Friday, October 28, 2011

Oh Those Trolls That Don't Like To Read...

What is to be done about them?

As the Queen of this library, I try hard to help parents and even teachers find ways to make reading more interesting and enjoyable. Schools work hard at helping children learn to read; they coach, coerce, and challenge young people to read, read, read.

James Patterson recently wrote an article on CNN about How To Get Your Kid to be a Fanatic Reader.

His own son, at the age of 8 began to slide into the reluctant reader downward spiral. He and his wife decided this could not be tolerated and so one summer, they set out to change his opinion about books.
Read the entire article for how he did this. I do, however, wish to point out a few key issues Patterson discussed that is very important:





1. Sorry, moms and dads, but it's your job -- not the schools' -- to find books to get your kids reading and to make sure they read them.




2. The only way to help kids love to read is to get them to read everyday. 


3. Allow kids to pick books they enjoy, even if it's not a standard novel. Boys enjoy the graphic novel, joke books and even fact books (especially if they include facts about explosions, machinery or weird stuff). This reading counts! 


4. Sometimes kids need to be rewarded for reading. I've seen schools that have offered children a certain amount of money per book they've read during the year. My daughter once received a check for $6 sent in the mail to her by the school for books she'd read during the school year. She was thrilled. And even now, she loves reading. That was an incentive that helped get her going.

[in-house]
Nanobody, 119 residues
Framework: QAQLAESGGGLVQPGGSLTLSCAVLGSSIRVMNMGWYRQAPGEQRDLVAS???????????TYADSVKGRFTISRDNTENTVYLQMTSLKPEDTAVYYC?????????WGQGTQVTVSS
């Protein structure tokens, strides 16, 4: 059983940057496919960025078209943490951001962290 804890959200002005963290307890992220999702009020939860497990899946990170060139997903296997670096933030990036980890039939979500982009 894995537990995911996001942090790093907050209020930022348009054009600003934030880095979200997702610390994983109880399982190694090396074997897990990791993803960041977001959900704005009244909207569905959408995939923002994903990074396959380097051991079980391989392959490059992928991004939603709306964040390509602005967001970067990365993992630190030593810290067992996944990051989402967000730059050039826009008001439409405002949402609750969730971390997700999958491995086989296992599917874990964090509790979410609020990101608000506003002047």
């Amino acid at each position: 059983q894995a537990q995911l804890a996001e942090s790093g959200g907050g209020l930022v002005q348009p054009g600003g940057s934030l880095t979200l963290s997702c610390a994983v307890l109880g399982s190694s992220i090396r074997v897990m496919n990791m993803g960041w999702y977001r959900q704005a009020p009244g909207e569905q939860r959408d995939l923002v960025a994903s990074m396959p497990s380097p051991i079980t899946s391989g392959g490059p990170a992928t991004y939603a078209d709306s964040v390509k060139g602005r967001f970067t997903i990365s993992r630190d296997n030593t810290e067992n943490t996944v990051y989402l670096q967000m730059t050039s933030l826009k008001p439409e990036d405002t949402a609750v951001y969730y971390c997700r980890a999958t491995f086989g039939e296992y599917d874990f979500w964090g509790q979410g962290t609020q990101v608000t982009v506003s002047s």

5. You need to help your children find books they will love. If you aren't sure, check out the many literature blogs, or book list offered. There's a list of links in Patterson's article and on his Read kiddo read website




Don't give up and just write your child off as one of those kids who will never love to read. Keep pushing. Make sure there is nothing hindering your child's reading such as a learning or reading disability that makes reading difficult. Even if there is, check with your school's specialist on tips for helping your child read. There are many ways to get around a disability. 


And as always,
Happy Reading!
The Queen

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